Good timing. I was looking to get back into computer art after a hiatus of several years. Getting new updates of Photoshop and other tools was looking like thousands of dollars, so I've just started looking into open source alternatives. Already have GIMP, and this former Photoshop 7 user has already done some good work without even cracking the manual.
[citation][nom]booyaah[/nom]Only program I've used out of that list is GIMP. That Blender 3D Modeler looks cool. Is there any kind of open source application equivalent to After Effects?[/citation]
Again, blender. It has the functionality of maya and after effects built in as features of one program. It really is quite amazing.
[citation][nom]simthtom23[/nom]welcome to our website:------- http/www.chic-goods.us/ --------if you like to order anything you like.More details,please just browse our website Quality is our Dignity;Service is our Lift.enjoy yourself.thank you!!------- http/www.chic-goods.us/ -----[/citation]
Latest GIMP version 2.8 finally supports single window editing. I have yet to see it crash on Windows, but it works better on Linux (more features). It is NOT a Photoshop clone however, and has its own philosophy - I find its export capabilities better for the Web than Photohop's, with direct previewing and better settings in both PNG and JPEG formats.
Scribus is a very powerful editing tool that supports text flows, colour profiles for all elements and very advanced PostScript export capabilities among others. It is indeed professional level.
LibreOffice Draw is an integral part of the LibreOffice suite; as such, it CANNOT be downloaded separately. A large toolbox, powerful style habilities and nifty features make it very good for creating any kind of diagram which can then be ported to a LibreOffice Writer document. It was true in OpenOffice 1.1 ten years ago, it's even more true now.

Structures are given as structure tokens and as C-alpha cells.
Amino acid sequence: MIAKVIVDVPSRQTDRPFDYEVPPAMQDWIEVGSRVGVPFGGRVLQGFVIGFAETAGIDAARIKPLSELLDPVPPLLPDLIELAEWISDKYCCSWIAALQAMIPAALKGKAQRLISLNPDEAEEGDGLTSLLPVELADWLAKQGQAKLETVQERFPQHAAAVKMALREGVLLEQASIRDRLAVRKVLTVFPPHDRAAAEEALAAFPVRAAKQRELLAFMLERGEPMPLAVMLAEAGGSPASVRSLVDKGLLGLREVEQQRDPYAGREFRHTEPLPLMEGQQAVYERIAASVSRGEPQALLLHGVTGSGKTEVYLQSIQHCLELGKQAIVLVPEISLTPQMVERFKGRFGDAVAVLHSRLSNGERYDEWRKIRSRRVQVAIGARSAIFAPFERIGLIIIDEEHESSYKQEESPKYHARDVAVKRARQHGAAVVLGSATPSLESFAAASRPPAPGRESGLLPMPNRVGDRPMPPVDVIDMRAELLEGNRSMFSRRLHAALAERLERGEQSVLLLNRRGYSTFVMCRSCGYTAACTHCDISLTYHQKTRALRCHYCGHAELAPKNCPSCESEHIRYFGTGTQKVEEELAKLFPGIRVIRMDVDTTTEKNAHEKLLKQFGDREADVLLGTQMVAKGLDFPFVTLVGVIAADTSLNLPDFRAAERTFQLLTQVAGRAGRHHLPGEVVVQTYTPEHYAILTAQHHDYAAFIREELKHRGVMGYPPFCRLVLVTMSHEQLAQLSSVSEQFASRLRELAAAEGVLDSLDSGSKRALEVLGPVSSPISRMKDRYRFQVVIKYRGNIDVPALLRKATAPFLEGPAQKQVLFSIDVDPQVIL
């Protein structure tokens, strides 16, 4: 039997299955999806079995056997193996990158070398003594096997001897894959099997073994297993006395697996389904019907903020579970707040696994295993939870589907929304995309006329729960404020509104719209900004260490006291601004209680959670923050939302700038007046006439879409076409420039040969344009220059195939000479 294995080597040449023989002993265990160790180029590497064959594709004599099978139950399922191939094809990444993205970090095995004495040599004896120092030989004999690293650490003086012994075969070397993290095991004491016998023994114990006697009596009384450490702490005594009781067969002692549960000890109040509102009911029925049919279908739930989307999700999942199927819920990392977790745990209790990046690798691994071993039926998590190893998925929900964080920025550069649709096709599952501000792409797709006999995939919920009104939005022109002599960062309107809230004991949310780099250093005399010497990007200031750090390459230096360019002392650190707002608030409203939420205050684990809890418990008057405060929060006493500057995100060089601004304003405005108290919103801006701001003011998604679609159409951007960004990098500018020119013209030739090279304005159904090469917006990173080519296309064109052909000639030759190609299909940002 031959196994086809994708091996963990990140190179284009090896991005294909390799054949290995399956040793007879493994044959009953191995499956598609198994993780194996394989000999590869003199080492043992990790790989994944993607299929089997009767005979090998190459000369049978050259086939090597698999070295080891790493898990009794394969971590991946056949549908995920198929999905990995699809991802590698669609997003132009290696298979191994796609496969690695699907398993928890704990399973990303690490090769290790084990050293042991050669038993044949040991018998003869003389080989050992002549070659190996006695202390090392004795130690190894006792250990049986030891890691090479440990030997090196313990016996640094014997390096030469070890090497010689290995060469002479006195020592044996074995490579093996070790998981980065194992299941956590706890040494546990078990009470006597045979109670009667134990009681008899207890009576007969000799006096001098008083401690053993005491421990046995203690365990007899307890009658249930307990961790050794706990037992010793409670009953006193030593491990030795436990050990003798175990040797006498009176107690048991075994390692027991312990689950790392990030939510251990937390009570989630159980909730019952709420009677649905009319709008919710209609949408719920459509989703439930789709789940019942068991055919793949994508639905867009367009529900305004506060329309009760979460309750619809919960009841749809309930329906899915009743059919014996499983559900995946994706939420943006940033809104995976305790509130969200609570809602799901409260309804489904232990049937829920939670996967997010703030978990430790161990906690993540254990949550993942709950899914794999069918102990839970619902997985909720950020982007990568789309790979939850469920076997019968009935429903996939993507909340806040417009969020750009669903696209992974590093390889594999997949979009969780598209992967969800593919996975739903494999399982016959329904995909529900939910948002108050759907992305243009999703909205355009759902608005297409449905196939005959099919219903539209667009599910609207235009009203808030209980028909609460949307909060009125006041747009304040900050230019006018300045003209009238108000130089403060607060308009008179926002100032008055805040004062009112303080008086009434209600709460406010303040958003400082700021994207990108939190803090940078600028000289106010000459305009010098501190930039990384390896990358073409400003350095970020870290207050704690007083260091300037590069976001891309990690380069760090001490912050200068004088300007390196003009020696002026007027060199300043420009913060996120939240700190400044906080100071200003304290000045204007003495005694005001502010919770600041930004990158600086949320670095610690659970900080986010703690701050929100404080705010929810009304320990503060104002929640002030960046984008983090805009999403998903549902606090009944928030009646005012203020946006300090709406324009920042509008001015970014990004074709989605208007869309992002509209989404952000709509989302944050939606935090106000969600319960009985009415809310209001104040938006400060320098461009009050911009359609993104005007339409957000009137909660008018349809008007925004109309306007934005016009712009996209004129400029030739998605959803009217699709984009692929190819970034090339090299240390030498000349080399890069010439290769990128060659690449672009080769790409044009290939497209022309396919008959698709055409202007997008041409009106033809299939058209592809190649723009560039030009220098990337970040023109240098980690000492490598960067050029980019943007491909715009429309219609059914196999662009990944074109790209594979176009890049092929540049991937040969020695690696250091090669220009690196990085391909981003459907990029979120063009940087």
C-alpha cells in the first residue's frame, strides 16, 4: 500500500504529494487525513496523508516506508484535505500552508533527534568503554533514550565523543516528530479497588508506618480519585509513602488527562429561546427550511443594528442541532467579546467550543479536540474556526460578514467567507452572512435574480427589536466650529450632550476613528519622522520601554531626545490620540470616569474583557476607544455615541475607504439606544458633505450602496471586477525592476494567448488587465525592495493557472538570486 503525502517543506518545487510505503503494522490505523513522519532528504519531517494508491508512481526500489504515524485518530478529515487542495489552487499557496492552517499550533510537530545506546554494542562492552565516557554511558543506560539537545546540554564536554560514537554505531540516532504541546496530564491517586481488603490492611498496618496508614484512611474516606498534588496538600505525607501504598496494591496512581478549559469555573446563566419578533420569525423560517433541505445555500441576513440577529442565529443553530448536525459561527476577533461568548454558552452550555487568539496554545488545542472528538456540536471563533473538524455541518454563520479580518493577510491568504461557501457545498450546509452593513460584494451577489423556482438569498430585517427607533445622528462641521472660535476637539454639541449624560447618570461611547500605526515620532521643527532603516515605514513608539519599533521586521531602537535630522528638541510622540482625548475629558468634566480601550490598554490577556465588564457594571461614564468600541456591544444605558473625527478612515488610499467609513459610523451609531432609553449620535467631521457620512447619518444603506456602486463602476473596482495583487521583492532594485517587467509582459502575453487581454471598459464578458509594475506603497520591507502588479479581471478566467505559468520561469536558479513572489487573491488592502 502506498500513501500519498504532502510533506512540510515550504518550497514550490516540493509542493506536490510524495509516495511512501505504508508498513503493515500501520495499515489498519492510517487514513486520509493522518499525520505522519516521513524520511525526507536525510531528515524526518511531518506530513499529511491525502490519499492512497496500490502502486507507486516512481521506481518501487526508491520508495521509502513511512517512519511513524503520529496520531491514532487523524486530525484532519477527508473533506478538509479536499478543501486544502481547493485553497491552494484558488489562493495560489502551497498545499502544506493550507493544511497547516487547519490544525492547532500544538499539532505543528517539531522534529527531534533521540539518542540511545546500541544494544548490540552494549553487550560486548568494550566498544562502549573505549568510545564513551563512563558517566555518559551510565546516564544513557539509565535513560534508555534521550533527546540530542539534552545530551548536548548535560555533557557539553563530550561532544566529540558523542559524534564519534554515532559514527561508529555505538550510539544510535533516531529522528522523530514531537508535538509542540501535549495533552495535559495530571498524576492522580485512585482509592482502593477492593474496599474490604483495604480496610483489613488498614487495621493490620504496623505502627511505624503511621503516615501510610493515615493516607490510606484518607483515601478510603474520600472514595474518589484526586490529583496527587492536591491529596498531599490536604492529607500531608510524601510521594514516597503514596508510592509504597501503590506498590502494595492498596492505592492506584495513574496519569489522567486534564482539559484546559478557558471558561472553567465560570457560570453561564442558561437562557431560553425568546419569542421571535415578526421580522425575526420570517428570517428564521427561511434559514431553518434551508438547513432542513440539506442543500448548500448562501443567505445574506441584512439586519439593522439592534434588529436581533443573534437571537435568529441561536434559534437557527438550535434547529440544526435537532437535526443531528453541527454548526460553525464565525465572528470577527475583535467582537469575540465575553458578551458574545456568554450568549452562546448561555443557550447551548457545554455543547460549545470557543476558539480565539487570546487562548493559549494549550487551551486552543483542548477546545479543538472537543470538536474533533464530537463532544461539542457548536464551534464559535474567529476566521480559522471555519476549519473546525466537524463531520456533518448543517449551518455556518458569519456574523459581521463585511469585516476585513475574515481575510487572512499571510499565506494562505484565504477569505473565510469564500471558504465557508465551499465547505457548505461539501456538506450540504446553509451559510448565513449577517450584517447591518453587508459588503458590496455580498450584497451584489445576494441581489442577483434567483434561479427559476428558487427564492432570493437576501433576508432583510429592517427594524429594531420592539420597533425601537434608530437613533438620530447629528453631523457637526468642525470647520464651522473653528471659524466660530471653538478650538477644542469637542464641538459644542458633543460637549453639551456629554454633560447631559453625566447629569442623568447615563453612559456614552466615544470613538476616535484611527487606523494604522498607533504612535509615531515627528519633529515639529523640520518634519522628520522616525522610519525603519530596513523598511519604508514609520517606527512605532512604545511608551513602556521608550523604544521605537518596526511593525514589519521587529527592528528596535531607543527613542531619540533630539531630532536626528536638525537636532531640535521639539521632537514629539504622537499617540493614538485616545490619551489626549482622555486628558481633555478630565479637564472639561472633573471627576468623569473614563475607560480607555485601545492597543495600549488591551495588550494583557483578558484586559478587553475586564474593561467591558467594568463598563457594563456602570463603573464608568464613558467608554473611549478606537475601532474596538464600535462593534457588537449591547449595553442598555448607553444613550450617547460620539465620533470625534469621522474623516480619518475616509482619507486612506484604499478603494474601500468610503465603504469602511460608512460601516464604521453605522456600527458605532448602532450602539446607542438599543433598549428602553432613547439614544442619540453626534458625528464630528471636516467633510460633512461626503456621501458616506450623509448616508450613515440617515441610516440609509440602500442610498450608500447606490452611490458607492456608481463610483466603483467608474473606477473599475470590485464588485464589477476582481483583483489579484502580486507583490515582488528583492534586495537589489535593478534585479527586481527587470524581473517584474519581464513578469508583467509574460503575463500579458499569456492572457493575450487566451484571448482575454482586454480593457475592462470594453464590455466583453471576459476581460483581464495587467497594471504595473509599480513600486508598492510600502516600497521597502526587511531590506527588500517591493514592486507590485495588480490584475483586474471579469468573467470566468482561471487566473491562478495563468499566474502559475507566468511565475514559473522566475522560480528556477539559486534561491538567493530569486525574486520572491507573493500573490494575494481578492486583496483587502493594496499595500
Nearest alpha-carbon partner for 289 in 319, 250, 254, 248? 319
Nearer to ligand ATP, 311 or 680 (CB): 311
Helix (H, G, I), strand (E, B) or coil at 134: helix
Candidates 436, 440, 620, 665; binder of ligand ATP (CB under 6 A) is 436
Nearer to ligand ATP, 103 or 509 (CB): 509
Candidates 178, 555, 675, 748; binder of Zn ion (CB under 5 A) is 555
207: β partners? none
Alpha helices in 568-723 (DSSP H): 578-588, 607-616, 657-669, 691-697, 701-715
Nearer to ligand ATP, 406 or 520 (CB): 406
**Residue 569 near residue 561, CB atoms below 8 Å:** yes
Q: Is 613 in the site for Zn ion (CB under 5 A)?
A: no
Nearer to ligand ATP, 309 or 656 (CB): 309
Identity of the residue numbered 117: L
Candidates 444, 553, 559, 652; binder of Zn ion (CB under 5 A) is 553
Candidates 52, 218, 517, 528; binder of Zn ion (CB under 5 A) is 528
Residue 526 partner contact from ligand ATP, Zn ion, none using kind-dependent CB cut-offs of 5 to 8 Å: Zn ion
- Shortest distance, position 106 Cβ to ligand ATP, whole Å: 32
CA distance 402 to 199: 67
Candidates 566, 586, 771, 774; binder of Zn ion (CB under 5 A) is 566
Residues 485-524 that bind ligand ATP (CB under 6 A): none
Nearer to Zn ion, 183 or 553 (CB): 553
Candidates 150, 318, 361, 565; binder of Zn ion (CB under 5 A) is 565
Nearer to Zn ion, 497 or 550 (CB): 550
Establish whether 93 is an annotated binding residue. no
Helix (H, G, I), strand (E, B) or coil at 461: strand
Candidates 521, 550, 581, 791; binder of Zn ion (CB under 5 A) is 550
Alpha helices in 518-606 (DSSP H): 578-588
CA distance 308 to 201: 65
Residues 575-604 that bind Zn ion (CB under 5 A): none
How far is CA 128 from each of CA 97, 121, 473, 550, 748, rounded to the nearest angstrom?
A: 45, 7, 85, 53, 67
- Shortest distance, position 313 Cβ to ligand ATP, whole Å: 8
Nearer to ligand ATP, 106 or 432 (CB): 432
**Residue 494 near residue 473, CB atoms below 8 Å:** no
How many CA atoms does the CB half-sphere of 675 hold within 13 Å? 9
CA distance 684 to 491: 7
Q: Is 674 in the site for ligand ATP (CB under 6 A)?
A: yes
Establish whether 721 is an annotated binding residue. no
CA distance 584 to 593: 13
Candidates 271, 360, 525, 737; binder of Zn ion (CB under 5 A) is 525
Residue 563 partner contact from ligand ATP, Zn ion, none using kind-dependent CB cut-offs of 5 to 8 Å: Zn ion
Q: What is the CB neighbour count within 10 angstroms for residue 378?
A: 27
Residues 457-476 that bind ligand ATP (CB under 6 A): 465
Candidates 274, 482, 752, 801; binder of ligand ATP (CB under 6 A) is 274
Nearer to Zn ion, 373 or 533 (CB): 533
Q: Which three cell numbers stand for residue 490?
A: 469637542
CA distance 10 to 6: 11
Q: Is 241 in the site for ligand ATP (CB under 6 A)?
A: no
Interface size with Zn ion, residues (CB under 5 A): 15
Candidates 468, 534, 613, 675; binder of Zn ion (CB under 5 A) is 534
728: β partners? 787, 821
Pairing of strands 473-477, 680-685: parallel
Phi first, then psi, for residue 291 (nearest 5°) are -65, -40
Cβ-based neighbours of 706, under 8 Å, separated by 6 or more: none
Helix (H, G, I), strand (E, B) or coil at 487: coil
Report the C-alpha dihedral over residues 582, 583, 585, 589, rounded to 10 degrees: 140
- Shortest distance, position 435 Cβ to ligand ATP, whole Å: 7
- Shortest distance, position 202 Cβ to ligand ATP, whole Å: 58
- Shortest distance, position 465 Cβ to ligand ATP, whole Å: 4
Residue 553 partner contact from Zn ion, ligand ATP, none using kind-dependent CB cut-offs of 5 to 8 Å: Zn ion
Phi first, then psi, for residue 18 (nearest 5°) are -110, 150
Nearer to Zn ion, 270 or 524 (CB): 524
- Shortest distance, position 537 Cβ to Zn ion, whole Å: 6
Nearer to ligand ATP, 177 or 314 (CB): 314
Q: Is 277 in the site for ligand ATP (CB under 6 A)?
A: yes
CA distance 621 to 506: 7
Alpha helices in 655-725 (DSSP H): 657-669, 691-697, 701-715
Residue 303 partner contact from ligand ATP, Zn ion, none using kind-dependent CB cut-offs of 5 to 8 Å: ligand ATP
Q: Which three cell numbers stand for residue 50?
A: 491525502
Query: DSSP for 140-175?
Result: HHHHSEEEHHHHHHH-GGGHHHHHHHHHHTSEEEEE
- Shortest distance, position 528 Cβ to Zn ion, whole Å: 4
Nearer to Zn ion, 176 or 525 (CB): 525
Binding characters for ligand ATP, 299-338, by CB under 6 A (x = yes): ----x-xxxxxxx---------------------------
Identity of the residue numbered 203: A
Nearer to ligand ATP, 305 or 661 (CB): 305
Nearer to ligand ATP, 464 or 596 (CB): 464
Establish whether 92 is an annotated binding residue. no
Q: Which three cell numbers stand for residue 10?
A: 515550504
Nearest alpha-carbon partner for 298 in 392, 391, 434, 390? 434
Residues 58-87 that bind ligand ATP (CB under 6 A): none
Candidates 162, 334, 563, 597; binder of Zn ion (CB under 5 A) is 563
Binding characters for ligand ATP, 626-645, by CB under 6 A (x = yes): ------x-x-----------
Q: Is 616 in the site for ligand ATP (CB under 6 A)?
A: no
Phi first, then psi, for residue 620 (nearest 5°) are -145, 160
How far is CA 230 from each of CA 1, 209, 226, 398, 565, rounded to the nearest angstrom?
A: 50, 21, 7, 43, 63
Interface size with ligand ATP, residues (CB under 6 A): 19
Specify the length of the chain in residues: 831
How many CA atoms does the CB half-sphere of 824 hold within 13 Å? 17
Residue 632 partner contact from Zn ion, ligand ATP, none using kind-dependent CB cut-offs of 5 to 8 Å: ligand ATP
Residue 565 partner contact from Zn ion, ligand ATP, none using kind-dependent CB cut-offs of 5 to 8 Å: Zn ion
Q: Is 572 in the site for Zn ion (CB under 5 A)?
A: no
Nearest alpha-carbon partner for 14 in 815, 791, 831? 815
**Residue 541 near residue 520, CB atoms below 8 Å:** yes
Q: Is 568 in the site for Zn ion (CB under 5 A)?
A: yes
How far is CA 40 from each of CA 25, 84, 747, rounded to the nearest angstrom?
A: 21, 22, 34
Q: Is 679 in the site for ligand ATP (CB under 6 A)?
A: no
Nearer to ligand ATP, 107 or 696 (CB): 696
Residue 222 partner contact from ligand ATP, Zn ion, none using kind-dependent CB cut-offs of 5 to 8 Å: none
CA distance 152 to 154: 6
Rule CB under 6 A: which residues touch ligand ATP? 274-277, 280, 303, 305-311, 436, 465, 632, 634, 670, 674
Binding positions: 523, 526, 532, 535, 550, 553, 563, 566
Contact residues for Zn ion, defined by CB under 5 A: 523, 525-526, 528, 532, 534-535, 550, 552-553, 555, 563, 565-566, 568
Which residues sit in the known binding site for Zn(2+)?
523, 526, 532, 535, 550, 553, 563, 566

Inkscape has powerful vectorization capabilities: import a raster image and vectorize it automatically, and you can soon stretch it in all directions. Automatic shape simplification will be a usefuil help then, lightening the result a lot (it removes extraneous nodes and manipulates the leftovers to keep the general shape) with barely any effort.
And then, the Blender community decided, a few years back, to ensure the tool is at a professional level by producing short- and medium-duration movies - and they rival some that are sown in cinemas these days. Their recipe is simple: if they want to render something and the tool cannot, they improve the tool. As the Sintel project shows: http/www.youtube.com/watch?v=eRsGyueVLvQ&hd=1